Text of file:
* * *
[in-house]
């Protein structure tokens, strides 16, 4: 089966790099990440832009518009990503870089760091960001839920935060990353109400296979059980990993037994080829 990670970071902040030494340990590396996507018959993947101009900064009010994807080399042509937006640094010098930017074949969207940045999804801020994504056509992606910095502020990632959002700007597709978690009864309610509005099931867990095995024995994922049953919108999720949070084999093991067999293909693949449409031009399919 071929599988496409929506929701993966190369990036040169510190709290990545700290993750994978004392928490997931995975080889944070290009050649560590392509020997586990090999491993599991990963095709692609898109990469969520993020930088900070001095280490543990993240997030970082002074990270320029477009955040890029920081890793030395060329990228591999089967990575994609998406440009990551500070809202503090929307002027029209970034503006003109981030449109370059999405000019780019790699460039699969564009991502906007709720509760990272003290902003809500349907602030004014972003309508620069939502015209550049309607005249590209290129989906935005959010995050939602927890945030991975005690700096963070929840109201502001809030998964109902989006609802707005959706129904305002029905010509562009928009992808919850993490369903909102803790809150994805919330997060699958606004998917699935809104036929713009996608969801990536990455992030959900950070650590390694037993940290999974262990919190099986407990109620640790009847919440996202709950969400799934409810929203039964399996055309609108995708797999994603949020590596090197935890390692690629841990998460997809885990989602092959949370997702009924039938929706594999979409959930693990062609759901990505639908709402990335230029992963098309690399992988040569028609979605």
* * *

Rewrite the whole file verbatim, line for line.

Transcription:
[in-house]
């Protein structure tokens, strides 16, 4: 089966790099990440832009518009990503870089760091960001839920935060990353109400296979059980990993037994080829 990670970071902040030494340990590396996507018959993947101009900064009010994807080399042509937006640094010098930017074949969207940045999804801020994504056509992606910095502020990632959002700007597709978690009864309610509005099931867990095995024995994922049953919108999720949070084999093991067999293909693949449409031009399919 071929599988496409929506929701993966190369990036040169510190709290990545700290993750994978004392928490997931995975080889944070290009050649560590392509020997586990090999491993599991990963095709692609898109990469969520993020930088900070001095280490543990993240997030970082002074990270320029477009955040890029920081890793030395060329990228591999089967990575994609998406440009990551500070809202503090929307002027029209970034503006003109981030449109370059999405000019780019790699460039699969564009991502906007709720509760990272003290902003809500349907602030004014972003309508620069939502015209550049309607005249590209290129989906935005959010995050939602927890945030991975005690700096963070929840109201502001809030998964109902989006609802707005959706129904305002029905010509562009928009992808919850993490369903909102803790809150994805919330997060699958606004998917699935809104036929713009996608969801990536990455992030959900950070650590390694037993940290999974262990919190099986407990109620640790009847919440996202709950969400799934409810929203039964399996055309609108995708797999994603949020590596090197935890390692690629841990998460997809885990989602092959949370997702009924039938929706594999979409959930693990062609759901990505639908709402990335230029992963098309690399992988040569028609979605």